Prop Jack McGrath, at 23 one of the youngest in the Ireland squad, had never experienced anything like it. “The crowds were 10, 15 people deep, banging on the bus,” he said. There will be another invasion of Cardiff this weekend for Ireland’s quarter-final against Argentina, and it could be expensive. One travel website reported that hotel rooms in the city centre were being priced at £1,000 (€1350) for Saturday night and £500 Sunday.


“I haven’t seen the incident, but I feel for them. It’s the World Cup, you have worked hard for it and when you get to possibly three finals to play, you miss out.” Australia head coach Michael Cheika reflects on the suspensions that have ruled Scotland forwards Ross Ford and Jonny Gray out of Sunday’s World Cup quarter-final against his team.


Tomas Francis is set to be involved in a World Cup quarter-final on Saturday — so it comes as little surprise he has no regrets about his chosen Test career path.

The York-born Exeter prop might conceivably have been part of England’s squad in a home World Cup.

But while the England players have dispersed to all parts following a miserable pool stage exit, Francis and Wales will take centre-stage at Twickenham against twice world champions South Africa.

The 23-year-old, though, does not seek vindication for going down the Wales route.

It was an opportunity afforded him courtesy of his grandmother, who hails from Abercrave in the Swansea Valley, and he has taken to international rugby impressively after making a Wales debut only two months ago.

“England didn’t have much interest, and I have never really seen myself as an England prop, if you look at the mould they like,” he said.

“I always based my game on set-piece, really, and I was a big lad who got around. My game developed, and I added a bit more, and I always felt I would fit in better with the Wales set-up.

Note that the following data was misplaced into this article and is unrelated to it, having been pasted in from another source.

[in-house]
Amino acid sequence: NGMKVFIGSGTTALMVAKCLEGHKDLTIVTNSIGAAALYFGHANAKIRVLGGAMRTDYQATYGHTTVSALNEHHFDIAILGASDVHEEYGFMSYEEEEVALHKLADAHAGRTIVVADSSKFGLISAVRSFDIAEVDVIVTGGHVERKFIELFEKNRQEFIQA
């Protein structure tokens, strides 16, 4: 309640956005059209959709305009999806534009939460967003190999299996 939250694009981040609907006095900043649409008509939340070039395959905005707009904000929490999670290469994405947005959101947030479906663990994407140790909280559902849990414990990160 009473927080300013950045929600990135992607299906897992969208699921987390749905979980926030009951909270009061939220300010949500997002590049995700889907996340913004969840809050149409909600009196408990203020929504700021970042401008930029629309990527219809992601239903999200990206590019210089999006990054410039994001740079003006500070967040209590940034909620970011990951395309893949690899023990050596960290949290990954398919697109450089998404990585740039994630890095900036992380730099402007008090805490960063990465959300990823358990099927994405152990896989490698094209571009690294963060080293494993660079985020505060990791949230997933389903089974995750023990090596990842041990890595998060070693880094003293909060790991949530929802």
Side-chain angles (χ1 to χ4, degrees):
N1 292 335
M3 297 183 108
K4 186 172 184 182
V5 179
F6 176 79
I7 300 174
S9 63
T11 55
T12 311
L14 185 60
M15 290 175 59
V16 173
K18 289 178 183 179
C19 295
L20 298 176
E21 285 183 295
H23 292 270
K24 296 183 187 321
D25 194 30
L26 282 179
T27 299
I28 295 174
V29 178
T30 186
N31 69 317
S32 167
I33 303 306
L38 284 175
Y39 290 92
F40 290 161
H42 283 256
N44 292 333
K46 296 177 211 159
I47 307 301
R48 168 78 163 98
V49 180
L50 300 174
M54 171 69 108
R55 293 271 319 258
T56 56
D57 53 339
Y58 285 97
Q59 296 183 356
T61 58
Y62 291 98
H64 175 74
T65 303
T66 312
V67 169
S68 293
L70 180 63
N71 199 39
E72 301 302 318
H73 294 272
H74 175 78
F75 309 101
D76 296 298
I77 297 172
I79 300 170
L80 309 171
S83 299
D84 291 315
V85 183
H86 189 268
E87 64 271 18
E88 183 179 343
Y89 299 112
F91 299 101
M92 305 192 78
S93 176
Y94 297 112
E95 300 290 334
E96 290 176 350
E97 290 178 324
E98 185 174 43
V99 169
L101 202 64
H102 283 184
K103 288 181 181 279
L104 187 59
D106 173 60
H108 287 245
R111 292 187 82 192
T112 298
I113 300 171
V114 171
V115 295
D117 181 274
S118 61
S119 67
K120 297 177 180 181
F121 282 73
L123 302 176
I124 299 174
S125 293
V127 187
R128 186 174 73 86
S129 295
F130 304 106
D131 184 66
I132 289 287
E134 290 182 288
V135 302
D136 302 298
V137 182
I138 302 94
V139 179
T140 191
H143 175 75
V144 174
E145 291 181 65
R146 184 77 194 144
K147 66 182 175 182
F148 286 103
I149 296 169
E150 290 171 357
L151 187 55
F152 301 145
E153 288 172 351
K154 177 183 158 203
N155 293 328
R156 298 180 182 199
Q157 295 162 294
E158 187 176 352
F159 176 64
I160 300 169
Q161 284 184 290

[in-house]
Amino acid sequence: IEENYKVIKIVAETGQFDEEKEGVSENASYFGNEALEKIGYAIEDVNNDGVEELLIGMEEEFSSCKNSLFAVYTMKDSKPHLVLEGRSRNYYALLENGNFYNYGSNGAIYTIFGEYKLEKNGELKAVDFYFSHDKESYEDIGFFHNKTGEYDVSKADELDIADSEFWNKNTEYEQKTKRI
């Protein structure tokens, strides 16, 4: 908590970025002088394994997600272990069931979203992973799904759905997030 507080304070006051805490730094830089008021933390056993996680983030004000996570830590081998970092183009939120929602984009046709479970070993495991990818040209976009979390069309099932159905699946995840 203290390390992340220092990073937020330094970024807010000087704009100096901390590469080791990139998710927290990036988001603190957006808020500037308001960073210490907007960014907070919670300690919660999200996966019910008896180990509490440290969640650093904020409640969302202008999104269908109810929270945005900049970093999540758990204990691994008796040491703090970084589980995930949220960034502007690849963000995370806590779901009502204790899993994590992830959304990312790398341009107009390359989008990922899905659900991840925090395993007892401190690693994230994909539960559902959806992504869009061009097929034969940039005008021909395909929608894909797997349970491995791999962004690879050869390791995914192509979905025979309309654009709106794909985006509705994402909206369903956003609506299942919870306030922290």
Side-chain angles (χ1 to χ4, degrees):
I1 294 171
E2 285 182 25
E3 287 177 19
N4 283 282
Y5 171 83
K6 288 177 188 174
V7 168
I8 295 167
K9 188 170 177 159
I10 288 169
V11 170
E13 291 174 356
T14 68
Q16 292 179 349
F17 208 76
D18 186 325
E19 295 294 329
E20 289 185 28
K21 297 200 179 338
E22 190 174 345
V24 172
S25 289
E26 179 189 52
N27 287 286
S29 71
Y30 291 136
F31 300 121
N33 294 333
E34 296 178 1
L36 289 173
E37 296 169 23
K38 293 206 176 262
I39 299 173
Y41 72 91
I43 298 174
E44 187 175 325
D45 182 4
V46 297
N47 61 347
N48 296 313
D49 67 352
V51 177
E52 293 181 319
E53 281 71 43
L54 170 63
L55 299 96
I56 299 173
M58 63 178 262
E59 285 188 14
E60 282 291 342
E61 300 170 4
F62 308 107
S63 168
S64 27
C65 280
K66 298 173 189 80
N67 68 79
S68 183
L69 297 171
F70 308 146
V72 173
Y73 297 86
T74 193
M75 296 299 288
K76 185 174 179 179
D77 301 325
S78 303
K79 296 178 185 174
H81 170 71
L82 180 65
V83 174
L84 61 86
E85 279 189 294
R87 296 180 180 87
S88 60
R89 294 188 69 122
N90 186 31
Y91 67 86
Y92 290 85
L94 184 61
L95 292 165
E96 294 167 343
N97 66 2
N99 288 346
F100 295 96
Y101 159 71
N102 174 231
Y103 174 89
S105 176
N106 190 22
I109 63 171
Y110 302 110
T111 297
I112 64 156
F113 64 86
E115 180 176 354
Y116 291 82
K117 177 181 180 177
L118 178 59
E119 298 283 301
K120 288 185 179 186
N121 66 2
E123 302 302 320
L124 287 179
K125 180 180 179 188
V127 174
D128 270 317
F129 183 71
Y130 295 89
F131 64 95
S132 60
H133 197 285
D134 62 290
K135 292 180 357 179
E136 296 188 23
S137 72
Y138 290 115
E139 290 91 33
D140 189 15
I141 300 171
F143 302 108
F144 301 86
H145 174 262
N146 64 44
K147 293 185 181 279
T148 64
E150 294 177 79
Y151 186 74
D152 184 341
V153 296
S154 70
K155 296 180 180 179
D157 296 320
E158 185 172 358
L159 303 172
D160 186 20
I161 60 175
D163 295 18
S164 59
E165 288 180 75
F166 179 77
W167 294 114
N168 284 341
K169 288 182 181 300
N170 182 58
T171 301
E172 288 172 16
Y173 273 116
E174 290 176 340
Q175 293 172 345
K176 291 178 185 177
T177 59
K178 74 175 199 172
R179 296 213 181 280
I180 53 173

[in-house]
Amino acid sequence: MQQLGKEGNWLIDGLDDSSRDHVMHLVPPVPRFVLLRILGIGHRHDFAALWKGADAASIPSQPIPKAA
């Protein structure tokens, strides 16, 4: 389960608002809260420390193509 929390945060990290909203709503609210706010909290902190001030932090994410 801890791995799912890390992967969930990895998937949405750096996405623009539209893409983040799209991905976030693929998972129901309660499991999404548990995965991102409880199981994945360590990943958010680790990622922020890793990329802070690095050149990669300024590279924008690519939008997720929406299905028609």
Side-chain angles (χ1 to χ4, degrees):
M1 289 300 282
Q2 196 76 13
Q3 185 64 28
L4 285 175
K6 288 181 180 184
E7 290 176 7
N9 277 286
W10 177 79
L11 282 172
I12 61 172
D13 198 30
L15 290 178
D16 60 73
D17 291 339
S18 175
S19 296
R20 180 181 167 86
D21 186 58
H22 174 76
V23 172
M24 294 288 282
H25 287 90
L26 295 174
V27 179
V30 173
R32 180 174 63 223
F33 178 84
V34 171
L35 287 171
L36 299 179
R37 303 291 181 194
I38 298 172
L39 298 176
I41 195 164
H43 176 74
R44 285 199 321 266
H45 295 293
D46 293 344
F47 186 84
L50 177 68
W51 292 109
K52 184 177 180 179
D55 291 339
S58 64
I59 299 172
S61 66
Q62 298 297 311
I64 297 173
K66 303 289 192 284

“The way Wales play their rugby is the same as Exeter.

“That’s the game I enjoy playing.”

Francis has enjoyed a remarkable rise, having gone from a 24-stone university prop four years ago to World Cup tight head and been involved in all four of Wales’ pool games.

“When I was at Doncaster, I was playing Championship rugby on a Saturday and Yorkshire U20s on a Sunday,” he added.

“I tried to get into the England Counties U20s set-up, and they said I wasn’t fit enough. They tried to play two trial games back to back, and in the second game, I was too tired, apparently.

“I was always going to go this way. It is not a case of proving people wrong, I just want to be the best prop I can be, and that is going to be with Wales.”


Championship club Bristol have announced the appointment of former England captain Steve Borthwick as forwards coach.

Borthwick will link up with Bristol early next month after being part of Japan’s coaching team during a memorable Rugby World Cup campaign that featured victories over South Africa, Samoa and the United States.

Japan became the first team in World Cup history to win three pool matches and not qualify for the quarter-finals.

The 36-year-old also skippered Bath and Saracens during a long playing career. He won 57 Test caps.